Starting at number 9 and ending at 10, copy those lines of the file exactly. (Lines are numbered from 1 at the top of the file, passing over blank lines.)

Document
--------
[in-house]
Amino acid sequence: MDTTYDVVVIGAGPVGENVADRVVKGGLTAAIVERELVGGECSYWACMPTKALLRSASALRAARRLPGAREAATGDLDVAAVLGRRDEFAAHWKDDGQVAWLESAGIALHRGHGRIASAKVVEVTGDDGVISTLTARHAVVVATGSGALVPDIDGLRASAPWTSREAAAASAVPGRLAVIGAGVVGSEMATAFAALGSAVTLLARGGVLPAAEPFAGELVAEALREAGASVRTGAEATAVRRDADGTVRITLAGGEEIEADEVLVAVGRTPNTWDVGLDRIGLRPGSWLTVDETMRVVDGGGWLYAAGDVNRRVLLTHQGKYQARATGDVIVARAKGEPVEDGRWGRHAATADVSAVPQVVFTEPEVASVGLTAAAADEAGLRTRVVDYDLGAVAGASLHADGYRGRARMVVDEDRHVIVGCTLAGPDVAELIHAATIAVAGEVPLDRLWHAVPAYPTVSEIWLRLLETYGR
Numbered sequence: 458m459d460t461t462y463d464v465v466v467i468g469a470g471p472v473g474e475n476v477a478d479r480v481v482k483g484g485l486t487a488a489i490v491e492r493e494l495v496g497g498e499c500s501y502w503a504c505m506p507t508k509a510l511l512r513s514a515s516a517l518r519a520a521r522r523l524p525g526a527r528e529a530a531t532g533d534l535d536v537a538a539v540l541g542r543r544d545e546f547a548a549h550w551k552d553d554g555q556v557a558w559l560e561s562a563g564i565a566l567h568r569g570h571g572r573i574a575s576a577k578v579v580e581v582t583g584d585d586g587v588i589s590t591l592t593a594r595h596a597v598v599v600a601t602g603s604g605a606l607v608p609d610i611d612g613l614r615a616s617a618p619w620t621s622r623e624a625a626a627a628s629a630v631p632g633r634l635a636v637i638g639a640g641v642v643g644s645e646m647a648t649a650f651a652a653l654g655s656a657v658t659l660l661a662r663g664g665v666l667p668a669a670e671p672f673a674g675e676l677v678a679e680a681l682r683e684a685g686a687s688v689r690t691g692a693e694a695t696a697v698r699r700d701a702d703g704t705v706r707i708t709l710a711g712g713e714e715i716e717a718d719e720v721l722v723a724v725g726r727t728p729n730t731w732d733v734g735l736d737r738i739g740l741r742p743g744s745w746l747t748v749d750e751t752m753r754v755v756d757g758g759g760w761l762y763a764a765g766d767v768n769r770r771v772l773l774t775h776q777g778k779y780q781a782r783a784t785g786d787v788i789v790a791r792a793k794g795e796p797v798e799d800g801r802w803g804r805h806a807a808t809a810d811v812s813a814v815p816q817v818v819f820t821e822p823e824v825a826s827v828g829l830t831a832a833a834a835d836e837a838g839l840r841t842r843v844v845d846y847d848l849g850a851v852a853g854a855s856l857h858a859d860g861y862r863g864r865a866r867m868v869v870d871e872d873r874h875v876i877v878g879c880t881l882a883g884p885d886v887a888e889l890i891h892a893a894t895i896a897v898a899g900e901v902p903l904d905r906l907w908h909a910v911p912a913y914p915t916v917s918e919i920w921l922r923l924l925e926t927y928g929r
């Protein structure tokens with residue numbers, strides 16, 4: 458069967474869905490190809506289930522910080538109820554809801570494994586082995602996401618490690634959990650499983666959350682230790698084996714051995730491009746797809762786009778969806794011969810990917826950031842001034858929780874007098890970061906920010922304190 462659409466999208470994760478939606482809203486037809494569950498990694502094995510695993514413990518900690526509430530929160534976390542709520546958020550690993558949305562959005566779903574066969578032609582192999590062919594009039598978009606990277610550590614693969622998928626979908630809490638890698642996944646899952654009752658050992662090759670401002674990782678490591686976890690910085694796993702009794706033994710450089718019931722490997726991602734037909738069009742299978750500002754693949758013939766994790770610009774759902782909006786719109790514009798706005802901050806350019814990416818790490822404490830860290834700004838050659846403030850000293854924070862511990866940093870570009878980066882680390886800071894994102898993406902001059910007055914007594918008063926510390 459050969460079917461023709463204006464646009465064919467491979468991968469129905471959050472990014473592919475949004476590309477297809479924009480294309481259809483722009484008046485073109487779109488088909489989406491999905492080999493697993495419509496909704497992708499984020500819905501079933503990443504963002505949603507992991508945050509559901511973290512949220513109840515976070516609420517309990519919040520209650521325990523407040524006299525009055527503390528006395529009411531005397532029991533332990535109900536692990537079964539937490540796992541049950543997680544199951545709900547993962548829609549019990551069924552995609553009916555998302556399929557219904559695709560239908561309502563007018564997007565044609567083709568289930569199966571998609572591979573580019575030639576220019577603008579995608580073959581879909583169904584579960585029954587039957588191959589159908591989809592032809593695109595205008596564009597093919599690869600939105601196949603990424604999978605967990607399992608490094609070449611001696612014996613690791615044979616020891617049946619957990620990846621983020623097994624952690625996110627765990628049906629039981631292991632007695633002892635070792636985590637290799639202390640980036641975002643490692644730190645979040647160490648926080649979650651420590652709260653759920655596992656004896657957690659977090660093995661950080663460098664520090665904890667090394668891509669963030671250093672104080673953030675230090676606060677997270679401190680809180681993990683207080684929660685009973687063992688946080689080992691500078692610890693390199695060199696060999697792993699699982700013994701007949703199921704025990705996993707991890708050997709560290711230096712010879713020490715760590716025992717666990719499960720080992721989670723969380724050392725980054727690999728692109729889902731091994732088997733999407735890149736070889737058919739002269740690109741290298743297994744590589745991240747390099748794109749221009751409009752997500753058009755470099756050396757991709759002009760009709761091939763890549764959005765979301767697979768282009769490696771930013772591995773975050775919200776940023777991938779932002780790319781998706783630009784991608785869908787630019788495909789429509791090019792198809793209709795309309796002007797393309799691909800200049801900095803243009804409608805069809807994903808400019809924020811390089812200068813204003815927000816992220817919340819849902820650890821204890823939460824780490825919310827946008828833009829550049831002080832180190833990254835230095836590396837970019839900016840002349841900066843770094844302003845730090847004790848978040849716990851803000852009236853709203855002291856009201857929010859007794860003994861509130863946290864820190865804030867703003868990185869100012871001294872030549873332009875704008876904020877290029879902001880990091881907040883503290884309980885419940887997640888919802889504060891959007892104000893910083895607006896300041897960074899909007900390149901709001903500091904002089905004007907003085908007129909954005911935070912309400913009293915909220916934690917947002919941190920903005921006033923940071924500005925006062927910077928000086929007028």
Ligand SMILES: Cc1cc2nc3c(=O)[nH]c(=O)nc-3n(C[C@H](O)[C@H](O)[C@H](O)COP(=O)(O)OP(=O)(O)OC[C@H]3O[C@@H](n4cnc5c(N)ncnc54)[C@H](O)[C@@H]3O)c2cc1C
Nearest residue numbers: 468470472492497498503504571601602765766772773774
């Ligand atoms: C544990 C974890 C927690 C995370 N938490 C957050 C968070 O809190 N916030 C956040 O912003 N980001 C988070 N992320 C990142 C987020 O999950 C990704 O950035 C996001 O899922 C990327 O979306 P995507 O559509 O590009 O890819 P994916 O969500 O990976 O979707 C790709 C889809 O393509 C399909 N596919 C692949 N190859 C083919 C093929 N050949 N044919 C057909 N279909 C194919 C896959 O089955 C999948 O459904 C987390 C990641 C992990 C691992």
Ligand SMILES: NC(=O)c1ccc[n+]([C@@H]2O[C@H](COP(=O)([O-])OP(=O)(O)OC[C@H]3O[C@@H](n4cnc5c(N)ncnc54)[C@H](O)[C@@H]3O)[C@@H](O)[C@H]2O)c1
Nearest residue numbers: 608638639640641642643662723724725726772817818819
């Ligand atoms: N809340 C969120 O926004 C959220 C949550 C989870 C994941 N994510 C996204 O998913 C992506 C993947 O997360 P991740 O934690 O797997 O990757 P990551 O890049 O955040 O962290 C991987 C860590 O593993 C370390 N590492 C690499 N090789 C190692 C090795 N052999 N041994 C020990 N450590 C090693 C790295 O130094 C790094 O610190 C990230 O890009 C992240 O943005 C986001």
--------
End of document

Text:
Nearest residue numbers: 608638639640641642643662723724725726772817818819
């Ligand atoms: N809340 C969120 O926004 C959220 C949550 C989870 C994941 N994510 C996204 O998913 C992506 C993947 O997360 P991740 O934690 O797997 O990757 P990551 O890049 O955040 O962290 C991987 C860590 O593993 C370390 N590492 C690499 N090789 C190692 C090795 N052999 N041994 C020990 N450590 C090693 C790295 O130094 C790094 O610190 C990230 O890009 C992240 O943005 C986001």